Turkey to Enact New GMO Regulations
- Anatolia News Agency, August 15, 2010 http://www.hurriyetdailynews.com
A new regulation concerning the commercial use of genetically modified organisms, or GMOs, prepared under the law for biosafety, was announced in the Official Gazette on Friday. According to the announcement, the regulation will become effective as of Sept. 26.
The regulation by the Agriculture Ministry involves adjustments on a legal basis about applications for GMO sales, imports and exports, the evaluation of applications, decisions after the evaluation process, legal monitoring and control of the products launched in the market, the process of marketing to prevent consequences stemming from GMO use, as well as protecting human, animal and plant health in addition to environmental and biological variety.
The regulation also determines the rules to maintain well-controlled research for developmental or experimental purposes on GMOs to prevent the risks to the environment and organisms.
The enduring legal framework until the new regulation and the law for biosafety, which was prepared by the Agriculture Ministry in September 2009 in line with the comestibles law and which triggered a lasting controversy in public opinion, has been abolished with the ratification of the new regulation.
According to the previous regulation the Scientific Committee decided positively on imports of genetically modified bacteria to be used as an additive for animal food and ferment. Until the new regulation becomes effective, the old framework will apply to the use of GMOs in veterinary services, plant health and comestibles and animal food.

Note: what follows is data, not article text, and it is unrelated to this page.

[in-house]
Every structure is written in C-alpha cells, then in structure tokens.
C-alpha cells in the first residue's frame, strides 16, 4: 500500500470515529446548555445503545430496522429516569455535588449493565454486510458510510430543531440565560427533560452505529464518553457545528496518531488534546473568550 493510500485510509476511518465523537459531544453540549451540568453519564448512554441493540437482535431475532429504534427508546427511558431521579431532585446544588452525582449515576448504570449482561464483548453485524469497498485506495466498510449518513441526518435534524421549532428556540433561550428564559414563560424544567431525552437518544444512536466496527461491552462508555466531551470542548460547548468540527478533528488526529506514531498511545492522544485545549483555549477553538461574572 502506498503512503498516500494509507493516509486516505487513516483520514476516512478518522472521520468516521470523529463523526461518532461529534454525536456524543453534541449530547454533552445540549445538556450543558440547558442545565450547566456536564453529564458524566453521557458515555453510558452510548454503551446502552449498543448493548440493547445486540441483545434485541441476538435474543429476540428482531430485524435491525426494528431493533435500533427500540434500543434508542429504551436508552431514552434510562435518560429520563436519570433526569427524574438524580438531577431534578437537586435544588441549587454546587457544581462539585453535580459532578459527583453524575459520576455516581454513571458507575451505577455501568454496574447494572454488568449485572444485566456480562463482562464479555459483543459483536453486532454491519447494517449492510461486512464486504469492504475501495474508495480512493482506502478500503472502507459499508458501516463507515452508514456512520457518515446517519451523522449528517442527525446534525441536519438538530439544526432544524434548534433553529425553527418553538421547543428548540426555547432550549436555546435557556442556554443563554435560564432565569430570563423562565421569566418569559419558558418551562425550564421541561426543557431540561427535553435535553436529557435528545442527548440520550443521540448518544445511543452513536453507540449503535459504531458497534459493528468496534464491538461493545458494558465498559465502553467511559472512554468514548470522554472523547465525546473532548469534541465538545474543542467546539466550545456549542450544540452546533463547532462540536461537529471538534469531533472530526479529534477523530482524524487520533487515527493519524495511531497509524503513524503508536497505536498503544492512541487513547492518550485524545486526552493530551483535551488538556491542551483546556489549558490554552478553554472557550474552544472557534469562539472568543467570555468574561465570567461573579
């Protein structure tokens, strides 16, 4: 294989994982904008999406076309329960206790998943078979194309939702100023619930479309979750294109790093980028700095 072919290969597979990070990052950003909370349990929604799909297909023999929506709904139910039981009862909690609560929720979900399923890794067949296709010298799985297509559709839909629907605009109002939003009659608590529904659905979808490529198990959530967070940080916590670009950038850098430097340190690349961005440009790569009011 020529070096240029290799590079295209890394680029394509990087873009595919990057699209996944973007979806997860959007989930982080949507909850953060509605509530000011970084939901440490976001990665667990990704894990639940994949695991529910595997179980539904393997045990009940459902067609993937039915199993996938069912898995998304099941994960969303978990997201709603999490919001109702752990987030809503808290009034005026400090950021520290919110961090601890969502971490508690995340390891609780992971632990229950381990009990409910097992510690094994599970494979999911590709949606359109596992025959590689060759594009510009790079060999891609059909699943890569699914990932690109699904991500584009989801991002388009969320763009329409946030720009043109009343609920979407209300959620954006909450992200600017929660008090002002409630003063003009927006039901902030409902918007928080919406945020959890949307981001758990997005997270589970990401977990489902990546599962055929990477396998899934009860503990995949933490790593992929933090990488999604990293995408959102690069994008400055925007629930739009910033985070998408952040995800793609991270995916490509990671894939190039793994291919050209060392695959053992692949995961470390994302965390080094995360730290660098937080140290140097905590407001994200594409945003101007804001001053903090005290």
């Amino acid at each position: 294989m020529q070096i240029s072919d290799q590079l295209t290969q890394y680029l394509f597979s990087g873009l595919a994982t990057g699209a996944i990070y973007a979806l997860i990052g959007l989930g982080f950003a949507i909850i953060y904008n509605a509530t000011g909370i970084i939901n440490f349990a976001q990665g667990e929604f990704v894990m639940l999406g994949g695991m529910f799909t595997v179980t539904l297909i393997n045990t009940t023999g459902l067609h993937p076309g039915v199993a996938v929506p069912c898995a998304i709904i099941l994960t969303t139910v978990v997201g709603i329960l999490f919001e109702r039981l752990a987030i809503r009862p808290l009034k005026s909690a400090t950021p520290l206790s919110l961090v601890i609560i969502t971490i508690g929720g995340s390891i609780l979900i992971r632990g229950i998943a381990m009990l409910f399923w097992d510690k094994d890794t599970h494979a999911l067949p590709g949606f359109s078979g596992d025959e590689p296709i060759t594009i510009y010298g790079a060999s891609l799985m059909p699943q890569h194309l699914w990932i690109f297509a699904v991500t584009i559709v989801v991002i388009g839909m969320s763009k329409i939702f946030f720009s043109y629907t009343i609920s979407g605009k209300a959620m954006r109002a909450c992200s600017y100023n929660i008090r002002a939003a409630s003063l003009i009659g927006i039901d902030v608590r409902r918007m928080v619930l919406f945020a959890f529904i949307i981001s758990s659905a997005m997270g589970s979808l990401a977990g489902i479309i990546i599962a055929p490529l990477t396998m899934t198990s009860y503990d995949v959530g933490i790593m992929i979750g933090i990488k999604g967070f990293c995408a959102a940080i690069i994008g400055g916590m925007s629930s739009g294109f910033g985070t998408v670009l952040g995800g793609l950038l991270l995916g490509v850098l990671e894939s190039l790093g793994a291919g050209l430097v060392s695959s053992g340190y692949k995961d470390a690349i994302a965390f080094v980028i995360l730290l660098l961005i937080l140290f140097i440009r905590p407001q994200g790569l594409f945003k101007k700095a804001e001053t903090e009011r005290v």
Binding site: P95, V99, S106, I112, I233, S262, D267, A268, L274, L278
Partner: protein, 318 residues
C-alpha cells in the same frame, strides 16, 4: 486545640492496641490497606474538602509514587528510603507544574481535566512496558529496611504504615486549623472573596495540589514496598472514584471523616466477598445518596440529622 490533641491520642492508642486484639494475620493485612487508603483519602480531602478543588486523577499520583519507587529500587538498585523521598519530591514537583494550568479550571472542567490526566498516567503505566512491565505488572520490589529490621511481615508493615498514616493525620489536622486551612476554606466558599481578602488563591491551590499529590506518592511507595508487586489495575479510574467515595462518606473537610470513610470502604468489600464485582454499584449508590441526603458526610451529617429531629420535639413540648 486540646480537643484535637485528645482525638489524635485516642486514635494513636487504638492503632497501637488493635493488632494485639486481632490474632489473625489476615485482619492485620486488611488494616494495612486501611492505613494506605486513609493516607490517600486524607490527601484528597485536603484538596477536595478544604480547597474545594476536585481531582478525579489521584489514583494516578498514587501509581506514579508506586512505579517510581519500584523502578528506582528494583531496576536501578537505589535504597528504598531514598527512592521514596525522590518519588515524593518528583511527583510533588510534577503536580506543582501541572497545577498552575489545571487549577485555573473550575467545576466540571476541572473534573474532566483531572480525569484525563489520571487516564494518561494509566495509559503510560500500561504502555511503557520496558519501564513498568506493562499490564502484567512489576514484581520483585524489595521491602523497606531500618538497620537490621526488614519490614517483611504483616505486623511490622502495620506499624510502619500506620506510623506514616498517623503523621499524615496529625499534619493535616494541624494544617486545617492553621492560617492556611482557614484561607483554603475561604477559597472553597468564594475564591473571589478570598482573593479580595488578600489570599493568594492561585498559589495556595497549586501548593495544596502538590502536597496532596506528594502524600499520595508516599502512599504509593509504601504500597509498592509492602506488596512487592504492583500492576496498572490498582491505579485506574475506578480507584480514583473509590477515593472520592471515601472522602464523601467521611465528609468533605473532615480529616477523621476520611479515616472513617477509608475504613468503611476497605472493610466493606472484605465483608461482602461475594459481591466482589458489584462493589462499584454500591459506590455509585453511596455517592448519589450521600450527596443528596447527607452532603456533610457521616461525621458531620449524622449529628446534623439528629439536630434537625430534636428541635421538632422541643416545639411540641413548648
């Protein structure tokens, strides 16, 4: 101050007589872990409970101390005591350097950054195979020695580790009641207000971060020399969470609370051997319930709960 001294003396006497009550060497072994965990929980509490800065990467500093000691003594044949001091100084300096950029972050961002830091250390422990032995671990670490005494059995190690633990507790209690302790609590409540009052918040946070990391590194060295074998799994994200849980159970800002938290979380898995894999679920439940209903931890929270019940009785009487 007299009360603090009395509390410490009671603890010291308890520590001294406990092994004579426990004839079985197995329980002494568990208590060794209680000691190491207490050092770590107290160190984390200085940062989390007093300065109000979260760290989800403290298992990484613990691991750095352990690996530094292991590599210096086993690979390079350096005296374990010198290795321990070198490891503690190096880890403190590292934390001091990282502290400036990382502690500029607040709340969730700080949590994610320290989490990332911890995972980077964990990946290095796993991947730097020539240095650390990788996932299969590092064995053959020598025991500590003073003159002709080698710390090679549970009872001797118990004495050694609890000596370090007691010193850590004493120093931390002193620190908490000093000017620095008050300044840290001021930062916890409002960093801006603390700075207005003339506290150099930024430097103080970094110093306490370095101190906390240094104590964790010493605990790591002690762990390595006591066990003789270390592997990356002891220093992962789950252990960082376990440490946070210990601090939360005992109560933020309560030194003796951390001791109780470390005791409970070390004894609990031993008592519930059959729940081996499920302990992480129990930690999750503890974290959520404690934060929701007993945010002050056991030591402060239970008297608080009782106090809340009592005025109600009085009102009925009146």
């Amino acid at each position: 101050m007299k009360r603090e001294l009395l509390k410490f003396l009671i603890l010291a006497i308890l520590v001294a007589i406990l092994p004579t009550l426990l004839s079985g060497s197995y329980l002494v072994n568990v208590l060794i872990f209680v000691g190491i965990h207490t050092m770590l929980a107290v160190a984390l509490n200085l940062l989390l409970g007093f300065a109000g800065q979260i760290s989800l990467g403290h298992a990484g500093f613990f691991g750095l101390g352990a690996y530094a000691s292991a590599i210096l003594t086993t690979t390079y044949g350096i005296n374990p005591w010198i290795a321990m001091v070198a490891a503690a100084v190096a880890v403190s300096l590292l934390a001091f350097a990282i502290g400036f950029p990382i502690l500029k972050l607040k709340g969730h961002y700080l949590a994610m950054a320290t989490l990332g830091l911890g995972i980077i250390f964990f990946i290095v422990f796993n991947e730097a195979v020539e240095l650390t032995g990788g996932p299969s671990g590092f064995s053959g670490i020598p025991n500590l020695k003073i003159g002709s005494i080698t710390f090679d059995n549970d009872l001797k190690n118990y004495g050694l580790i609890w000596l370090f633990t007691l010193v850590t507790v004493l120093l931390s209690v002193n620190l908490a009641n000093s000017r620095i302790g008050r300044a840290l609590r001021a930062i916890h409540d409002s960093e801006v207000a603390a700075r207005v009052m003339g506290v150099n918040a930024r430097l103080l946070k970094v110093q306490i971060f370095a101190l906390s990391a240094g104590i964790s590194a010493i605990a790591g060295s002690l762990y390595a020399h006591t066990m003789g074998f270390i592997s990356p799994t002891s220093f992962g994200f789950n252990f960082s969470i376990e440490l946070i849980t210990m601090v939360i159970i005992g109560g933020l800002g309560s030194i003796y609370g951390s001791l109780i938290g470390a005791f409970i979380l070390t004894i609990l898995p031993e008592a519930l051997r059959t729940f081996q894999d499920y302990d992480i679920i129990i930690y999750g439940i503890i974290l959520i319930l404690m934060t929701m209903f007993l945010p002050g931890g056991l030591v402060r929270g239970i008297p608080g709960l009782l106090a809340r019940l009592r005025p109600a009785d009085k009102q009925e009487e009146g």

According to the new regulation, the import of GMOs necessitates an official document prepared by the authorities of the source country or a chemical analysis from an internationally accredited laboratory. The regulation enables the ministry to carry our analyses aiming for control or supervision as only the products yielding positive results will be granted import permit.
The ministry will keep a record of these products as well as the firms importing them. This practice will also apply to the products imported without payment and used for public consumption.
The passage of GMOs through customs will be regulated by Customs Undersecretary. The import of GMOs used other than for comestibles and animal food production purposes will be carried out collaboratively by the related ministry and institutions. The import of products containing GMOs or GMO compounds will necessitate a prior authorization of the GMO content.
For exports, on the other hand, the procedure will go in line with the demands of the purchasing country and the ministry will keep record of the GMOs permitted to be exported. The transit passages will be carried out according to the terms and conditions of the ministry’s written permit and to Customs Law and passages will necessitate measures be taken to prevent GMO contamination in the environment, like sealing the transportation vehicles. The ministry will control and supervise whether the measures are taken and keep a record of the results.
GMOs will be produced and stored according to indoor conditions and standards determined by the Scientific Committee and considering the risk classifications.
Provided that a products containing GMO or GMO compound is to be launched in the market after the authorization of the ministry, it will have to fulfill the necessities of the Turkish Food Codex and also the package of the product will visibly bear the inscription that the product contains GMO or is produced out of GMO compound.
In the event of violation of the terms of the regulation, or if new scientific data emerges about the potential risks of using GMOs and products with GMO content, the decision concerning the products may be canceled by the Scientific Committee and the products will be withdrawn from the market.